Oncologist-approved cancer information from the American Society of Clinical Oncology
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Head and Neck Cancer

This section has been reviewed and approved by the Cancer.Net Editorial Board, 5/2013
Latest Research

ON THIS PAGE: You will read about the scientific research being done now to learn more about this type of cancer and how to treat it. To see other pages, use the menu on the side of your screen.

Doctors are working to learn more about head and neck cancer, ways to prevent it, how to best treat it, and how to provide the best care to people diagnosed with this disease. The following areas of research may include new options for patients through clinical trials. Always talk with your doctor about the diagnostic and treatment options best for you.

New medications. Many studies are underway investigating new types of cancer medications to treat head and neck cancers.

Combined therapies. Most research for head and neck cancers focuses on combining different types of treatments to improve the effectiveness and the patient’s quality of life.

Radiofrequency thermal ablation (RFA). Used on a localized tumor that cannot be removed by surgery, RFA is a minimally invasive treatment option that applies heat to the tumor.

Gene therapy. Gene therapy is a targeted form of treatment that uses biologic gene manipulation to change bits of genetic code in a person’s cells. Although gene therapy is relatively new, it appears to show promising potential for treating head and neck cancer.

Photodynamic therapy. In photodynamic therapy, a light-sensitive substance is injected into the tumor that stays longer in cancer cells than in normal cells. A laser is directed at the tumor, which destroys the cancer cells. The long-term effects of photodynamic therapy are still being investigated.

Proton therapy. Proton radiation therapy can be used as a boost (part of treatment) to reduce the damage done to healthy tissue. It can be used as part of the treatment for some skull-base tumors, including nasopharyngeal cancer; chordoma, a rare tumor that usually occurs in the spine and base of the skull; and chondrosarcoma, a cartilage-based tumor, to further limit the radiation dose to healthy structures, such as the optic (eye) nerves and brainstem.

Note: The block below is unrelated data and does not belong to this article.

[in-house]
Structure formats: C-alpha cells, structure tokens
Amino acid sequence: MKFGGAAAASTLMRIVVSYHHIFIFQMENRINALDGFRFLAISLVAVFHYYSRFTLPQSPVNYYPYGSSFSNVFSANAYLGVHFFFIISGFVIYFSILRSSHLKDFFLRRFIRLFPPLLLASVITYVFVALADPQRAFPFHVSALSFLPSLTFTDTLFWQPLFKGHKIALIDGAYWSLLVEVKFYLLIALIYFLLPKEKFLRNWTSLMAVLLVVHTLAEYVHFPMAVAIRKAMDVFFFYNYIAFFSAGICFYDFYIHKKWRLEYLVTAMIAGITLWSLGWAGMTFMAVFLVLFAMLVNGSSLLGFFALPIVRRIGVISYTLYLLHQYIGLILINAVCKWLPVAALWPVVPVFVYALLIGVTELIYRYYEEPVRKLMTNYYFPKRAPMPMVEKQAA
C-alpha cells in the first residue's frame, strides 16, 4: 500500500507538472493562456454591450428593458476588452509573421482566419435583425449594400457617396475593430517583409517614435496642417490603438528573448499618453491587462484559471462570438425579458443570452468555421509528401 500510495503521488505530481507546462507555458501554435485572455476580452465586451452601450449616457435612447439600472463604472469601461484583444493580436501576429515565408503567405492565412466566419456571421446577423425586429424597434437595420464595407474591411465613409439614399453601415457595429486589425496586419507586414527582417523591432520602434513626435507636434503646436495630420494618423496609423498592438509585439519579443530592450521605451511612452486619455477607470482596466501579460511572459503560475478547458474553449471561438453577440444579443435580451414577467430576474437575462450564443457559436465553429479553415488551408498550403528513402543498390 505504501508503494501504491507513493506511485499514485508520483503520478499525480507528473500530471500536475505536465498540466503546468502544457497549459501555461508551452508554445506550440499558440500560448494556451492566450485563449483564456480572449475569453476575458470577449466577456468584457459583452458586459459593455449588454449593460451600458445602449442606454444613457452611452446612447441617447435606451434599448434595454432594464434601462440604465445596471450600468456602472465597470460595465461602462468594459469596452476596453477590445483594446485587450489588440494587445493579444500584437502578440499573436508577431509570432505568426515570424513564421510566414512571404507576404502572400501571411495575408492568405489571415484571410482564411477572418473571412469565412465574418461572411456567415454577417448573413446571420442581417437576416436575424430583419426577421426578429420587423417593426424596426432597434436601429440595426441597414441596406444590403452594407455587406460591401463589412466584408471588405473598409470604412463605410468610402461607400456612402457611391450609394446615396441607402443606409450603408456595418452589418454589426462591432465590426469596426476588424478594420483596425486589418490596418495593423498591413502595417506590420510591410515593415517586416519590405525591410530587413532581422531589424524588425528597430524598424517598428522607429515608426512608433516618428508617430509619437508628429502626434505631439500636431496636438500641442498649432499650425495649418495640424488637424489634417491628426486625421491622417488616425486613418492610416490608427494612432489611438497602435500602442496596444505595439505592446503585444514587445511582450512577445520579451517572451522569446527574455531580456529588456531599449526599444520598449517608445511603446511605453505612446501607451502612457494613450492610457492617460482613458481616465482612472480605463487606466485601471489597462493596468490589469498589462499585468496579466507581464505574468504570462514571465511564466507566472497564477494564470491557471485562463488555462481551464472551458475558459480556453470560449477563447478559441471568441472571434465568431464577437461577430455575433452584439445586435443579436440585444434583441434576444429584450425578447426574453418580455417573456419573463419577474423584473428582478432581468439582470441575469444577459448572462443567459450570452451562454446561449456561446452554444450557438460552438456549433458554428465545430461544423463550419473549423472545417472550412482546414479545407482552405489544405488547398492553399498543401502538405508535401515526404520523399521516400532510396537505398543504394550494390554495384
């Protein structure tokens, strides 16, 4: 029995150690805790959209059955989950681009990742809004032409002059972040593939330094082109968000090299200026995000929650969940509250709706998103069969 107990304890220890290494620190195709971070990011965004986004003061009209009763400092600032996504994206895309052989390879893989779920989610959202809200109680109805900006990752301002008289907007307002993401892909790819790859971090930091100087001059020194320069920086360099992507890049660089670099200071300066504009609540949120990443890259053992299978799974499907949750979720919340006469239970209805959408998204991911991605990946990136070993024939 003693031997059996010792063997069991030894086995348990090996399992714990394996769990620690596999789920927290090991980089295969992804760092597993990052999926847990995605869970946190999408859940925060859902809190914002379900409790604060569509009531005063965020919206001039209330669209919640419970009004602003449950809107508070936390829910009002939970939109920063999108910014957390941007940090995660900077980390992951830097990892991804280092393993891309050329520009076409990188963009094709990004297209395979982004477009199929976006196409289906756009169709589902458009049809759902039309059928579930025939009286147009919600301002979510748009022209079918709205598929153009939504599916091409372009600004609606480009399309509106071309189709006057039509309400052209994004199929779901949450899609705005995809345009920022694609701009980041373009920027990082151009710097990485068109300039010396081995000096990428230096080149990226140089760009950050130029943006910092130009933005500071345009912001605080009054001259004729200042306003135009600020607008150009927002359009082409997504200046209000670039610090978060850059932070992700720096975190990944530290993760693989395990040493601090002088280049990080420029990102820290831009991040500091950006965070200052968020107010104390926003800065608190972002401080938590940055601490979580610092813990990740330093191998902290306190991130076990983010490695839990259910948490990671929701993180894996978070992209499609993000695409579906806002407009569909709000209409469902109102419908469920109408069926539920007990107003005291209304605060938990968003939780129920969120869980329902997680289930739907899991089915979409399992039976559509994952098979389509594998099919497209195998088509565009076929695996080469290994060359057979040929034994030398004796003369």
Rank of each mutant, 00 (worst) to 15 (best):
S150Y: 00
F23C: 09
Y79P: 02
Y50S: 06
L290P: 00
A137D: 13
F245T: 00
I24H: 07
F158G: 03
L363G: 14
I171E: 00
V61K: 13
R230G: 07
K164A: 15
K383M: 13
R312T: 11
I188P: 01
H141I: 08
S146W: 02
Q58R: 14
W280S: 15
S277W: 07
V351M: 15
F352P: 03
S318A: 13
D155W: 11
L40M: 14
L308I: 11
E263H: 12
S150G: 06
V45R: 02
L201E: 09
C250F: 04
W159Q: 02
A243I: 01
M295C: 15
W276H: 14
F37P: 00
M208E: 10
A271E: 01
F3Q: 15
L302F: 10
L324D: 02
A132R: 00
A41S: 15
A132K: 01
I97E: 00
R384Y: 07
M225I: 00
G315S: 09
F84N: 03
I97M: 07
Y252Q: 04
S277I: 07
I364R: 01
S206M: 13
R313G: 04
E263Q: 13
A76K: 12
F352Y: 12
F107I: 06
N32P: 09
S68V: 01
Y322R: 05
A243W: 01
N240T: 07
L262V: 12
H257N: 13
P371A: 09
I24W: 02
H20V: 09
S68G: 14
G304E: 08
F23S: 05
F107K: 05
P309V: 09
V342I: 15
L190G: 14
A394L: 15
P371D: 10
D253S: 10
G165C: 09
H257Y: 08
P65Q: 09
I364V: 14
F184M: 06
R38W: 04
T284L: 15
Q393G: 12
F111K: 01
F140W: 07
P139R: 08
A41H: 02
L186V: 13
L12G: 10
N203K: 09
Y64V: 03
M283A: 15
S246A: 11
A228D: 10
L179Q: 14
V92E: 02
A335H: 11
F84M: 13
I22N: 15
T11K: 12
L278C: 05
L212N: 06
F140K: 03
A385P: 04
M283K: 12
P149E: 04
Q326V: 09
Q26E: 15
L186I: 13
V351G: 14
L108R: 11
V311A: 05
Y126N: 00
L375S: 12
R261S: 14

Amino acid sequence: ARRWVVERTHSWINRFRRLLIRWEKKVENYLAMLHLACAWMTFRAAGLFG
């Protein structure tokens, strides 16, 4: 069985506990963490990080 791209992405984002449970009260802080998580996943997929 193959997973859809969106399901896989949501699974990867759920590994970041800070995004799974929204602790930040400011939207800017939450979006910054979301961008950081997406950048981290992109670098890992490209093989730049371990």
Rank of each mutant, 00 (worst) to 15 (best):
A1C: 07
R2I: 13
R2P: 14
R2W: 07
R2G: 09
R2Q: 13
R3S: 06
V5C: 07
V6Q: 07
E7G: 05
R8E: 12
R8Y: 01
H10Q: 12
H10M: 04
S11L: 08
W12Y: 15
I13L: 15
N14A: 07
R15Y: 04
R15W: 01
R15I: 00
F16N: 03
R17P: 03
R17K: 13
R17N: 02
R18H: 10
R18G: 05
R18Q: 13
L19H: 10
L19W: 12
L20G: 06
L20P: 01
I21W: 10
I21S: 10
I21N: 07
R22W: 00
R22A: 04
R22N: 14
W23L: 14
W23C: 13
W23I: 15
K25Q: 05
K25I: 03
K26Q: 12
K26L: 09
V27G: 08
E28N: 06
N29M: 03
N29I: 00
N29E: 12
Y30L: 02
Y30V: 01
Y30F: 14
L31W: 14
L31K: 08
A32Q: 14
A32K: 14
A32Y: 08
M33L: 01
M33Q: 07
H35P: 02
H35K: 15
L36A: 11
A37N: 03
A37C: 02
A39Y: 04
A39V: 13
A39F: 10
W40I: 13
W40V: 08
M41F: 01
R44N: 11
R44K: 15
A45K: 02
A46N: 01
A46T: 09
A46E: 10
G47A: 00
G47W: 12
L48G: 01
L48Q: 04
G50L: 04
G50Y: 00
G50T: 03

HPV. Research continues regarding the link between HPV and head and neck cancers, evaluating both why this virus raises the risk for the disease and why it may affect treatment results in some cases. Studies are also underway to determine whether the HPV vaccine that is currently used to prevent cervical, vaginal, vulvar, and anal cancer is effective at preventing some head and neck cancers as well.

Supportive care. Clinical trials are underway to find better ways of reducing symptoms and side effects of current head and neck cancer treatments in order to improve patients’ comfort and quality of life.

To find clinical trials specific to your diagnosis, talk with your doctor or search online clinical trial databases now. Please note this link will take you outside this guide.

The next section addresses how to cope with the symptoms of the disease or the side effects of its treatment. Use the menu on the side of your screen to select Coping with Side Effects, or you can select another section, to continue reading this guide.  

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